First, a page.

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In March 2014 Enfield Council carried out a public consultation, using a vehicle parked in Green Lanes, with the aim of discovering what residents of Palmers Green thought about the town centre and what improvements they would like to see to the "public realm".

Model used for Palmers Green consultationA hundred people attended the consultation sessions, filling in a questionnaire, annotating a map and using a "Planning for Real" model of Palmers Green town centre to focus their thoughts.

A report based on the consultation exercise was expected to be published by Summer 2014, but to date this has not happened. However, in August I submitted a Freedom of Information request with the aim of finding out why the report had been delayed and what the survey had revealed.

A batch of information was duly provided in September. As the documentation appeared to suggest that the report's publication was only delayed, not cancelled, I initially held off posting any details of the information that was released. However, as we are now approaching the end of October, I have now decided to make the information public.

The key information provided in the FOI response is a copy of the draft report as at 5th September and photocopies of the individual questionnaires filled in by members of the public. However, the foreword to the draft report indicates that in addition to information gleaned from the questionnaires, the report writer has taken into account views expressed by people who stopped by and spoke to the consultation facilitators but did not fill in any forms.

Recommendations

Based on the views expressed during the consultation exercise, the Council officer responsible for drafting the report drew up the following recommendations:

  • The 'town like feeling' and sense of place should be underpinned through public artwork, outdoor seating areas, more greenery and improved pedestrian environments, particularly on Green Lanes
  • The requirements for parking on Green Lanes should be further evaluated (and additional consultation undertaken) to ensure that parking is located correctly and that it can be integrated with cycling proposals and proposed additional greenery, while also addressing concerns from residents regarding lost parking spaceBetter, safer cycle lanes should be created within the area – having designated cycle lanes may help to reduce problems with cyclists using the pavements on Green Lanes and Aldermans Hills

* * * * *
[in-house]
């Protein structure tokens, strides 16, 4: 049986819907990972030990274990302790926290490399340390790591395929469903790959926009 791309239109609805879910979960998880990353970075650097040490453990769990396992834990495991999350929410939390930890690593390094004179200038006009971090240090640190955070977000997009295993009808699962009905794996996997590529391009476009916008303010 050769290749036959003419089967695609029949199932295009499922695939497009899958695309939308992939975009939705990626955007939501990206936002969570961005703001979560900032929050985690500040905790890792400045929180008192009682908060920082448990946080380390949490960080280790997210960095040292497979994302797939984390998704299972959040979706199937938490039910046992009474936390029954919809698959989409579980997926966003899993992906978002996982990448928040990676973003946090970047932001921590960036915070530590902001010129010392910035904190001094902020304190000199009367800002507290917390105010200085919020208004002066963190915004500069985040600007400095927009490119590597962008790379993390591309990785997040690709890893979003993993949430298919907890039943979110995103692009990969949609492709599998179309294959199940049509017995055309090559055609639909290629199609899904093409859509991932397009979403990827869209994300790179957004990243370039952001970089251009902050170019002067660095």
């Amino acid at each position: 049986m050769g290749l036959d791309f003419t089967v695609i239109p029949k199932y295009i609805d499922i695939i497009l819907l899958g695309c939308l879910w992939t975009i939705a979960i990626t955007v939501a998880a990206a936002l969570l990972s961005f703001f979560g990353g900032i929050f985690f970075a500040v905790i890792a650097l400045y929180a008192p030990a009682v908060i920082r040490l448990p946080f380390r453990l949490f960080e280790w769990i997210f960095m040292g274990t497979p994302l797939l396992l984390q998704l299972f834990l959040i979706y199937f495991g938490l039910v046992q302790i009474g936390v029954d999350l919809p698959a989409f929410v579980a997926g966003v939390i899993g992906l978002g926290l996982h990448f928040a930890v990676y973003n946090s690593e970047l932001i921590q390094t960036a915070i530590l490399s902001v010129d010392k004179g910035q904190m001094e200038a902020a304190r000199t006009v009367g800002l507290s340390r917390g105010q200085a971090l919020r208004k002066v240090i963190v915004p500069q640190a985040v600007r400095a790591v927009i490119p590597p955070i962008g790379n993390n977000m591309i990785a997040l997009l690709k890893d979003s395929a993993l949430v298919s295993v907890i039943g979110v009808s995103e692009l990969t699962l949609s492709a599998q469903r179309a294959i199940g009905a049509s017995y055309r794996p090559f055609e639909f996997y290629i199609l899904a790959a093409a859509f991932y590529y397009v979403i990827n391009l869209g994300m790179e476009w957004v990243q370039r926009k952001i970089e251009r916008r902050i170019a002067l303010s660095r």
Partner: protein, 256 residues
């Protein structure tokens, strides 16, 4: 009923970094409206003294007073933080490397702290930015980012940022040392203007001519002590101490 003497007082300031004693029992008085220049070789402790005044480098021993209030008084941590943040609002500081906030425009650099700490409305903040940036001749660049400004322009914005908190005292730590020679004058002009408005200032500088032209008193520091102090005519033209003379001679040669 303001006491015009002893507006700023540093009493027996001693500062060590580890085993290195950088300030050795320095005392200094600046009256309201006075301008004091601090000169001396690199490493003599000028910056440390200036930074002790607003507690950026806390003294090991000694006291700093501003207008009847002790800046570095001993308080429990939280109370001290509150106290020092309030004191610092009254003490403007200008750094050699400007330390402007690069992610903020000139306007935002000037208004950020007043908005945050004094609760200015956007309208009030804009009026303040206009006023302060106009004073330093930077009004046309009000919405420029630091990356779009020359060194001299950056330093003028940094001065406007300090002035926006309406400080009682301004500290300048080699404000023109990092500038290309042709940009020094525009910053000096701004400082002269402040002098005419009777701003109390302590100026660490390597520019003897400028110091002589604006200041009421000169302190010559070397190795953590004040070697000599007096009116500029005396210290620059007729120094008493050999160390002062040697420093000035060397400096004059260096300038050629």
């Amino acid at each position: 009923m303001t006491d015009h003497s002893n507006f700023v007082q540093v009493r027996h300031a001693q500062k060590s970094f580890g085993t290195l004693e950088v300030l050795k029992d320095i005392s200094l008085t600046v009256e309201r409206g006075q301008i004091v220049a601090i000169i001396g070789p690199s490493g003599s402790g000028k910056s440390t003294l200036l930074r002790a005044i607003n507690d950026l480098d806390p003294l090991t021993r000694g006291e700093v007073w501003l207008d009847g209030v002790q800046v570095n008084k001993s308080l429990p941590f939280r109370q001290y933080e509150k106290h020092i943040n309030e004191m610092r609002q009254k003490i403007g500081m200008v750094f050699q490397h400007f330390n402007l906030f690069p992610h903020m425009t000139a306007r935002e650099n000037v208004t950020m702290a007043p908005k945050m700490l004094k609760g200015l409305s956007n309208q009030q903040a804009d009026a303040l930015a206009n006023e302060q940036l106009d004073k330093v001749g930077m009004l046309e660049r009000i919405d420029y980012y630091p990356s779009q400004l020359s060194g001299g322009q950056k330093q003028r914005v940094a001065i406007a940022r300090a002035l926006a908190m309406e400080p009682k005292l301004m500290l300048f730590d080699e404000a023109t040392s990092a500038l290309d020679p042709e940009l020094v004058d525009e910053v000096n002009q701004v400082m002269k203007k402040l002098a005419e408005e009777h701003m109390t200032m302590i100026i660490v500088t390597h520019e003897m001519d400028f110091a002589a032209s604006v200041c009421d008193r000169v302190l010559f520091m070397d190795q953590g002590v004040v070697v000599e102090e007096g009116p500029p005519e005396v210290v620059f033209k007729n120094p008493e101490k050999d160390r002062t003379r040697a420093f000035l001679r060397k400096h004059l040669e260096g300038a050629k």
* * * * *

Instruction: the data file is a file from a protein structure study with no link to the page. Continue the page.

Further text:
• Further improvement proposals for the area around the Triangle should be developed, to ensure that this location remains a focal point in the area and becomes a place for 'people rather than traffic'
  • The feasibility of suggested traffic calming measures and parking management in residential roads should be further evaluated
  • Potential improvements to crossing points and new crossing points in proposed locations should be further investigated
  • The potential for improving and moving the existing market to a more visible location (possibly using the wide pavements on Green Lanes) should be explored
  • High quality ornamental planting areas and tree planting should be introduced in key locations such as Green Lanes, Aldermans Hill and the Triangle. This can help to create 'green links' from the high street into existing green spaces.
  • Potential 'quick fixes' such as repairing potholes, gating alleyways and more policing in locations which suffer from antisocial behaviour (for example the area around the station, Fox Lane and the Lodge Drive car park) should be identified, while more complex issues such as the requirement for parking and cycle lanes are evaluated further
  • The resident suggestion to expand the street play scheme on Devonshire Road (drawing inspiration from earlier schemes by organisations such as 'Playing Out') should be explored.

Report findings

The main part of the draft report is made up of sections describing "consultation themes" and "key locations". These two sections are reproduced in full below.  Please bear in mind that this is only a draft.  We do not know whether the final report is due to include additional sections, nor do we know whether the writer is/was planning to look through the source data again and possibly make some changes.

 

Consultation Themes

Sense of Community

Respondents talked about a 'town like feeling' and that there is a community spirit, together with a diversity of facilities in the area for people of all backgrounds and cultures (15% commented on this). Residents are positive about community events such as the Palmers Green Festival, and they feel that the area has significant potential to build upon this, possibly through more events in locations such as Broomfield Park or by extending the existing market. However, some residents feel that the area has changed over the last few years, and for this reason features such as the Triangle have become ever more important to retain a sense of place and historical connection.

It was felt a better public realm could help create identity for the area and a feeling of community. This would be achieved through improvements to the Triangle and through high quality seating areas and more greenery on Green Lanes. It was suggested that this also may help to attract more independent shops, bakeries and butchers etc. 'rather than betting shops'.